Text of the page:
But she says the ruling marks just the beginning of a long battle for a social reform movement and gender justice for Muslim women in a range of areas such as property and inheritance rights and age of marriage of girls.
“It’s not now that everything is done. Armed with this judgment and some kind of legal protection, at least the mindset about legal rights for Muslim women has become accepted”, she said. (VOA)

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Triple Talaq Now Banned In India

While most Hindu personal laws have been overhauled and codified over the years, Muslim laws have been left to religious authorities and left largely untouched.

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India
Indian Muslim women talk while walking through a market in Ahmadabad, India. VOA

India’s government on Wednesday approved an ordinance to implement a top court ruling striking down the Muslim practice that allows men to instantly divorce.

The government decision came after it failed to get approval of Parliament a year after the court ruled that the practice of triple “talaq” violated the constitutional rights of Muslim women.

Most of the 170 million Muslims in India are Sunnis governed by the Muslim Personal Law for family matters and disputes. The laws include allowing men to divorce by simply uttering the Arabic word “talaq,” or divorce, three times — and not necessarily consecutively, but at any time, and by any medium, including telephone, text message or social media post.

Muslim
Triple Talaq continues to plague lives of  women, VOA News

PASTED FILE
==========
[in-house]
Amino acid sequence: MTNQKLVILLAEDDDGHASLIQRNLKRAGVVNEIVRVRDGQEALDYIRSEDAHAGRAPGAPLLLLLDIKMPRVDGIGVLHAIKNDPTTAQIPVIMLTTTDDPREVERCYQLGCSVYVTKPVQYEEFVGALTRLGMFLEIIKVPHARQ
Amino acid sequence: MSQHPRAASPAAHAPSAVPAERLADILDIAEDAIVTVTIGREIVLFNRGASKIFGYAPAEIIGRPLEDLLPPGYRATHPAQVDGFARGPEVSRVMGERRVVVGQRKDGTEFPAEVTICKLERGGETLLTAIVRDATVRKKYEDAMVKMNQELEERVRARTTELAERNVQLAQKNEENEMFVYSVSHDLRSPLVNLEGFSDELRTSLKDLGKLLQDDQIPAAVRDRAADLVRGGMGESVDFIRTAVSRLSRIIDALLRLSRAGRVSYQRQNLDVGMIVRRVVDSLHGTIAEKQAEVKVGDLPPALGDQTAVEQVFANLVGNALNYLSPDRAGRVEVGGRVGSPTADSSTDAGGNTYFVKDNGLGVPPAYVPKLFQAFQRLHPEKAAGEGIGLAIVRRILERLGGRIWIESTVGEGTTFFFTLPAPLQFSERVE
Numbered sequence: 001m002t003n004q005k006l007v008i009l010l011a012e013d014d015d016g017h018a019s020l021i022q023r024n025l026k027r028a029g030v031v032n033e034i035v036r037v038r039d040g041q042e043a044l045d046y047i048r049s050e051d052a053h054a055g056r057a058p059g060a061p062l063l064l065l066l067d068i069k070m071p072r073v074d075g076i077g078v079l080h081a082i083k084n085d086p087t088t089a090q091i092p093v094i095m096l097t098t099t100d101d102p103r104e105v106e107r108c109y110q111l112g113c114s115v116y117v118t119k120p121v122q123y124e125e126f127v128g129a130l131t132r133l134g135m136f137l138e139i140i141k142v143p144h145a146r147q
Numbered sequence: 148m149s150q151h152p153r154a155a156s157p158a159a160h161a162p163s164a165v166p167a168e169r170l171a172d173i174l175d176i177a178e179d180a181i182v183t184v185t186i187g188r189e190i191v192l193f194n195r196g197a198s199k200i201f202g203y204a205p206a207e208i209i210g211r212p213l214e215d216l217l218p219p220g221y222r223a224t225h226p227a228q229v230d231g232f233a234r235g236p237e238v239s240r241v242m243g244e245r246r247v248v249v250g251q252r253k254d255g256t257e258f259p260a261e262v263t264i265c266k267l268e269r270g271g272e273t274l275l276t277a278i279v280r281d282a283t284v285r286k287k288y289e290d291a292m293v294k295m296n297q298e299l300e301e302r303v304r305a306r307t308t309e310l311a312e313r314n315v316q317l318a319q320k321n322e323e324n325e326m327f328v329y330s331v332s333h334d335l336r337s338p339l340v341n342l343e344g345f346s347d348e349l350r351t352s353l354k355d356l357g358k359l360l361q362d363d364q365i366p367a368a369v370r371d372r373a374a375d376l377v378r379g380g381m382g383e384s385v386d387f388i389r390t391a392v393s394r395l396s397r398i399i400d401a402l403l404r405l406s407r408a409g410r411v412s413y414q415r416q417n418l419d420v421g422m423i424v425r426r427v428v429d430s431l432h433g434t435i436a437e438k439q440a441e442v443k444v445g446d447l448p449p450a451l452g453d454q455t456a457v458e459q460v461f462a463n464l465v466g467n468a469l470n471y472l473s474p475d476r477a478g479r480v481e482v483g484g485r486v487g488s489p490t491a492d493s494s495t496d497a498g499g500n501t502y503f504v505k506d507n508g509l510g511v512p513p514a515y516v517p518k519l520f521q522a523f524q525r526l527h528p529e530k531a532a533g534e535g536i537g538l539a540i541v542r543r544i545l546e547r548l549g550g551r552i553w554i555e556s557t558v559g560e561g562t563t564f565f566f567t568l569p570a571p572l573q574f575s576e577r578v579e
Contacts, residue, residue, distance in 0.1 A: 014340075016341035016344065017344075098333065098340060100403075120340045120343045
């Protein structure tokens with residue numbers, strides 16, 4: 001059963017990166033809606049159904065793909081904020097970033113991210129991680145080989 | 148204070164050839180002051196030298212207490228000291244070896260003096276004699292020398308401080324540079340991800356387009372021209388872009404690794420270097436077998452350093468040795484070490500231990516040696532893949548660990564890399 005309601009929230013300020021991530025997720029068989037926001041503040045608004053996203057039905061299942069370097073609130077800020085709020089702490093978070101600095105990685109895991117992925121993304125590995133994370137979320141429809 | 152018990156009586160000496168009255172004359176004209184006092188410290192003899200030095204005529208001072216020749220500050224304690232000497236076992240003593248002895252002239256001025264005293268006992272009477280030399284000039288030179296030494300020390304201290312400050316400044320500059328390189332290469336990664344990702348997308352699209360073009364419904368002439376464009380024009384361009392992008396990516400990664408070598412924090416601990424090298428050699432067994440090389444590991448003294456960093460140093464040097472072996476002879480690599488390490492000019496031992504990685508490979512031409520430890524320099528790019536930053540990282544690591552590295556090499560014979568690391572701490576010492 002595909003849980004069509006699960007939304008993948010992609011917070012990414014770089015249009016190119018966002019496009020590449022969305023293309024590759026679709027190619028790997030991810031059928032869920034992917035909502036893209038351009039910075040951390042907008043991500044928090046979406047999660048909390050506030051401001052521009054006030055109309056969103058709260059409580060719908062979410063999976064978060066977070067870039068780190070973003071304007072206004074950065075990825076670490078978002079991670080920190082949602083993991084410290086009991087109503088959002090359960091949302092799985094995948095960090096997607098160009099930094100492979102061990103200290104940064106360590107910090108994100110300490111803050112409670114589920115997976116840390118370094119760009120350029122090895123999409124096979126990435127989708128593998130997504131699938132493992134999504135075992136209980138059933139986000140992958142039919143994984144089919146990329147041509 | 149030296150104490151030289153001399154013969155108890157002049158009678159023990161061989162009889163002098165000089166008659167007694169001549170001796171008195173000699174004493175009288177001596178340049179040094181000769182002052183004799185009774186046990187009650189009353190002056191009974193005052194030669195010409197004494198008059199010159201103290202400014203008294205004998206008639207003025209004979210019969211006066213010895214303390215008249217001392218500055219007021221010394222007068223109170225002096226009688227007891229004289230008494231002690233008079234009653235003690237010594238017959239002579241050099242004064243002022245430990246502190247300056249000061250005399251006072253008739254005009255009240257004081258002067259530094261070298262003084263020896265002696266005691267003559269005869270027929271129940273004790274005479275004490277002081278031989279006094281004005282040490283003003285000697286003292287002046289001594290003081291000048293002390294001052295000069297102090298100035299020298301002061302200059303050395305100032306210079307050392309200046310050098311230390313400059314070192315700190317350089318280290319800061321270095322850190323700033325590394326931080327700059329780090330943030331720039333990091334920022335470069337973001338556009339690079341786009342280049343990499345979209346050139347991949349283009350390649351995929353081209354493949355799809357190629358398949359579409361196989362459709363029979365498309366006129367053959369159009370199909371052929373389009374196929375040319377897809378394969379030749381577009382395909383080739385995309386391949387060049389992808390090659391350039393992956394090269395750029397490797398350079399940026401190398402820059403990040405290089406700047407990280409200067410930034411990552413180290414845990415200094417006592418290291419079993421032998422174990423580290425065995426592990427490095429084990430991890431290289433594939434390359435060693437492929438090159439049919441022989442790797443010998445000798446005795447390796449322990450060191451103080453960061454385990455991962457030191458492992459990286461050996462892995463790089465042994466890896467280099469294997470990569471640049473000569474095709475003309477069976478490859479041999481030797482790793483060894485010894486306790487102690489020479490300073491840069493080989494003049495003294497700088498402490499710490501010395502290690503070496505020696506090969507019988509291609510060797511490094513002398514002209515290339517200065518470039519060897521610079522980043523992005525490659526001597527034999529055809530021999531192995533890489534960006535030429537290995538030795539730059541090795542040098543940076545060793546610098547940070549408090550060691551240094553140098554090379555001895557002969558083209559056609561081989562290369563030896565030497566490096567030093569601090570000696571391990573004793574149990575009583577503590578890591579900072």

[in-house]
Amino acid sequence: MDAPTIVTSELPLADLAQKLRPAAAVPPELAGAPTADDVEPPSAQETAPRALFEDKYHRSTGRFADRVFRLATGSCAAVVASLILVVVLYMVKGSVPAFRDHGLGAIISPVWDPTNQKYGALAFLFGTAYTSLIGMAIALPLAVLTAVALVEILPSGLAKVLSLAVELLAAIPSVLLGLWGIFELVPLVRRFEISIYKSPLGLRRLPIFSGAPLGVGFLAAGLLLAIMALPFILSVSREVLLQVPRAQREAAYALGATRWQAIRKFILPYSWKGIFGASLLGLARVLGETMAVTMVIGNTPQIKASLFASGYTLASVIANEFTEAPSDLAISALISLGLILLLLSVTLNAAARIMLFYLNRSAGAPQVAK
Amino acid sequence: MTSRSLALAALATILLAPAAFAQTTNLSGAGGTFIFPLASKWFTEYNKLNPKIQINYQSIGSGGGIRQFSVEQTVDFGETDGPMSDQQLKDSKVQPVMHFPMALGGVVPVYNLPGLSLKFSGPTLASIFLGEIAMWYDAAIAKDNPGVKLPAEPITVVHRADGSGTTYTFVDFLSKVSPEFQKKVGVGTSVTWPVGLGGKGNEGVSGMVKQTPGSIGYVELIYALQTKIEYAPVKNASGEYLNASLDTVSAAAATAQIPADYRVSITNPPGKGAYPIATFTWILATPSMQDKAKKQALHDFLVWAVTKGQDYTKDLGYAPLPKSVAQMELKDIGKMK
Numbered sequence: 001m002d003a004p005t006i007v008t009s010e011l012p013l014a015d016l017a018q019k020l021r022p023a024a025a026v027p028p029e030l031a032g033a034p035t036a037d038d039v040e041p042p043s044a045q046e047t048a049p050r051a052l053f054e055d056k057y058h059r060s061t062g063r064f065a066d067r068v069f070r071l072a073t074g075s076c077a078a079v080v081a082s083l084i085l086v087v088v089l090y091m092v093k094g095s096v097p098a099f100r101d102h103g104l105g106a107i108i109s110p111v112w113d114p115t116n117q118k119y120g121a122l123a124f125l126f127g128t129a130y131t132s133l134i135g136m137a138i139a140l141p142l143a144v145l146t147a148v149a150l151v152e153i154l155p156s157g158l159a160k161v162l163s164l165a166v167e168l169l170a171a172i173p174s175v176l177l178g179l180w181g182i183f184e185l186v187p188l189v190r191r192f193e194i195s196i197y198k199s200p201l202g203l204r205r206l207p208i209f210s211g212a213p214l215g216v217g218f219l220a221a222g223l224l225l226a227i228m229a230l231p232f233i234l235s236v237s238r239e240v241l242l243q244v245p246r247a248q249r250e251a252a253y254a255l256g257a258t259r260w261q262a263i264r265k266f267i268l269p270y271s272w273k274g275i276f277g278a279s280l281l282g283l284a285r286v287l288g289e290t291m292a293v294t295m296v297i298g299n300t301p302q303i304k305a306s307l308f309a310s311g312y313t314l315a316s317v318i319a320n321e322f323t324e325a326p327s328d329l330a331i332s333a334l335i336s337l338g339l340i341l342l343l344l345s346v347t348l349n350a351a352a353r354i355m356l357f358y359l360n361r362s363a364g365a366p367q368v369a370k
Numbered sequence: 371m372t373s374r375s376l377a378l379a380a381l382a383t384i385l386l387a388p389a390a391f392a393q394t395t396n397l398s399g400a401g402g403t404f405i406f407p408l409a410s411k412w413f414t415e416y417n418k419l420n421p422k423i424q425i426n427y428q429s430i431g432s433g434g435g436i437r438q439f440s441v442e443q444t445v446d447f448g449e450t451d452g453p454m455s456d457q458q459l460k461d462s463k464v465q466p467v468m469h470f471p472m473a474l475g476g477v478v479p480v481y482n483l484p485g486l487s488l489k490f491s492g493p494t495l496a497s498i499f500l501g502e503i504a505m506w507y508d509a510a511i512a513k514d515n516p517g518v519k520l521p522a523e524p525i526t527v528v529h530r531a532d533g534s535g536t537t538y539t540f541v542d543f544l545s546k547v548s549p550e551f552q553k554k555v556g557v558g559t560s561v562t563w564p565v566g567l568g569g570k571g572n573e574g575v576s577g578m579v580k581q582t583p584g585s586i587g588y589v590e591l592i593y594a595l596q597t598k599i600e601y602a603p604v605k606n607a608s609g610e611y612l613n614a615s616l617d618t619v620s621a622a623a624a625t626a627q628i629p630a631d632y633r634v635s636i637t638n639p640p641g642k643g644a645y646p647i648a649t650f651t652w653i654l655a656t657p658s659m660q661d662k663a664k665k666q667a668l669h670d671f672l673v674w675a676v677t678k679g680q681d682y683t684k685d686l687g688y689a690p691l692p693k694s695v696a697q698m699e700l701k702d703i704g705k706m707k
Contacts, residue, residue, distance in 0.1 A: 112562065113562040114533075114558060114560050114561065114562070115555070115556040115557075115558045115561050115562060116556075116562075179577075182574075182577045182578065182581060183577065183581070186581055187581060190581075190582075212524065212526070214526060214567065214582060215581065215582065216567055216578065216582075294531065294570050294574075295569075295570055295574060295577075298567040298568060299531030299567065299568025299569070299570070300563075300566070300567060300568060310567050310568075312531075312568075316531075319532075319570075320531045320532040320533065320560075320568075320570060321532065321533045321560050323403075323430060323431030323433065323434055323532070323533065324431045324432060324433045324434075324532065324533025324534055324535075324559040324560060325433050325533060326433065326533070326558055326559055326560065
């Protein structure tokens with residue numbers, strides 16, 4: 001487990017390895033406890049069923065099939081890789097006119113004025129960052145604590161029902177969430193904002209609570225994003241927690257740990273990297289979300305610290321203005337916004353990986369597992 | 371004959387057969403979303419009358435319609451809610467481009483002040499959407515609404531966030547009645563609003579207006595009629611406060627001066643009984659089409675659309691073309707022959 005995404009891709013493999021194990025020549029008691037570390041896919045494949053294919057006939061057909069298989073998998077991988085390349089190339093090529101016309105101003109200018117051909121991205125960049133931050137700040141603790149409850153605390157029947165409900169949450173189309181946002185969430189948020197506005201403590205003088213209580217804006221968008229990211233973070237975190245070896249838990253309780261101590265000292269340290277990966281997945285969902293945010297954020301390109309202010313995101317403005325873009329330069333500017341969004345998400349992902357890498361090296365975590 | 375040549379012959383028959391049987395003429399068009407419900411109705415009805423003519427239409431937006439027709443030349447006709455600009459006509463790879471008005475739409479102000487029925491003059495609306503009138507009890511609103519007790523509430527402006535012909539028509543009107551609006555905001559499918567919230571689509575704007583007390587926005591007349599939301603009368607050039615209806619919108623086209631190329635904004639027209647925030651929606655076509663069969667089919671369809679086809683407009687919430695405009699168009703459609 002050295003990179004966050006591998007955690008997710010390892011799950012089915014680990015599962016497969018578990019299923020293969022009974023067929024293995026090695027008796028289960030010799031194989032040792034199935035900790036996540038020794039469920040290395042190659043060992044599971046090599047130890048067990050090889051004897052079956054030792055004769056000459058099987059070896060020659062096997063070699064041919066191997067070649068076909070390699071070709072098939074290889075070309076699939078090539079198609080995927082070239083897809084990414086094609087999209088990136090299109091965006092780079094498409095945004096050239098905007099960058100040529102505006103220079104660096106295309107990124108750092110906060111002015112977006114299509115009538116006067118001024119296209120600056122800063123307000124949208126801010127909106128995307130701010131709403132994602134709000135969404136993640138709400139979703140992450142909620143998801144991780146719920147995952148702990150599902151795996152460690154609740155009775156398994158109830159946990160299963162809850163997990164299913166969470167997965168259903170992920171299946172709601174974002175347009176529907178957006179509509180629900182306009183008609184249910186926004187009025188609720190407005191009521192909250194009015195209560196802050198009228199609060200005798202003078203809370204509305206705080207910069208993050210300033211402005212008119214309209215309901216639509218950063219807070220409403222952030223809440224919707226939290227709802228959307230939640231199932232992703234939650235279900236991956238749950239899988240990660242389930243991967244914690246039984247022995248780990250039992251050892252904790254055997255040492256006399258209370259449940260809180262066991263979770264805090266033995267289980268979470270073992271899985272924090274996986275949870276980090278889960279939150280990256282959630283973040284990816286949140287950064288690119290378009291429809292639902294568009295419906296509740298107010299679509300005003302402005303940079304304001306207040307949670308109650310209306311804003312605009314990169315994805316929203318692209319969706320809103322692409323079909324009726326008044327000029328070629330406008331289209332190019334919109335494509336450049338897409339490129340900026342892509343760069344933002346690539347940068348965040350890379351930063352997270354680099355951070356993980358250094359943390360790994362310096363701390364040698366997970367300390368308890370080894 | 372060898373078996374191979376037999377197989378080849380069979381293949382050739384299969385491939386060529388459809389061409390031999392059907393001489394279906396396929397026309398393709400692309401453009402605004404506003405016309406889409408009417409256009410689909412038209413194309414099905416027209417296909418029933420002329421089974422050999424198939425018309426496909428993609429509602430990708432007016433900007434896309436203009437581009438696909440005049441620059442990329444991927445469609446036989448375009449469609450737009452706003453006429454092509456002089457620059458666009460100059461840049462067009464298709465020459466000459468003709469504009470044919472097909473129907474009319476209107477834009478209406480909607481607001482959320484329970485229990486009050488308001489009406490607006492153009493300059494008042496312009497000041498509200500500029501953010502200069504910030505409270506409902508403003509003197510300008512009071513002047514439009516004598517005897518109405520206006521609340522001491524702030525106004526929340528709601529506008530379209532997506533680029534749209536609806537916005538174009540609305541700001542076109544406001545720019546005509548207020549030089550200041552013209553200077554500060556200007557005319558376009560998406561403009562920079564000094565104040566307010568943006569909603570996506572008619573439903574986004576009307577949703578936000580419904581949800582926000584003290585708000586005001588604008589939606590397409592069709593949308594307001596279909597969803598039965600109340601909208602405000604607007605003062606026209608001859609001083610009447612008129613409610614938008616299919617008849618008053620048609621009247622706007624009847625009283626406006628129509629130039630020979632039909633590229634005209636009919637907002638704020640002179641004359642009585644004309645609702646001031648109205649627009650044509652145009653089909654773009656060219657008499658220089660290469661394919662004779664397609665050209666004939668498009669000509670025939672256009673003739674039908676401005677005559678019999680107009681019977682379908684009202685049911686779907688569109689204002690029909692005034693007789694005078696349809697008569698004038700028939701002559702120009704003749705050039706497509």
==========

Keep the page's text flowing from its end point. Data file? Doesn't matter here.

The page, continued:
The government will have another six months to get Parliament’s approval for the ordinance to become law. But in the meantime, suspects can be prosecuted using the ordinance.

Law Minister Ravi Shankar Prasad said that nearly 22 countries, including neighboring Pakistan and Bangladesh, have banned the practice and appealed to the opposition to approve the Muslim Women Protection of Rights on Marriage Bill.

India’s Muslim Law Board had told the court that while they considered the practice wrong, they opposed any court intervention and asked that the matter be left to the community. But several progressive Muslim activists decried the law board’s position.

Muslim
Muslim women hold placards during a protest against a bill passed by India’s lower house of Parliament last week that aims at prosecuting Muslim men who divorce their wives through the “triple talaq,” or instant divorce. VOA

After the Supreme Court verdict, Prime Minister Narendra Modi’s government introduced a bill criminalizing the practice and it was approved in December by the lower house of Parliament, where his party commands a majority. But it couldn’t get the approval of the upper house, where the opposition controls the majority of seats.

The main opposition Congress party is opposing a three-year prison sentence for the offenders and wants a parliamentary committee to discuss the issue to reach a consensus. It favors a lesser sentence.

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In India, triple talaq has continued with the protection of laws that allow Muslim, Christian and Hindu communities to follow religious laws in matters like marriage, divorce, inheritance and adoption. While most Hindu personal laws have been overhauled and codified over the years, Muslim laws have been left to religious authorities and left largely untouched. (VOA)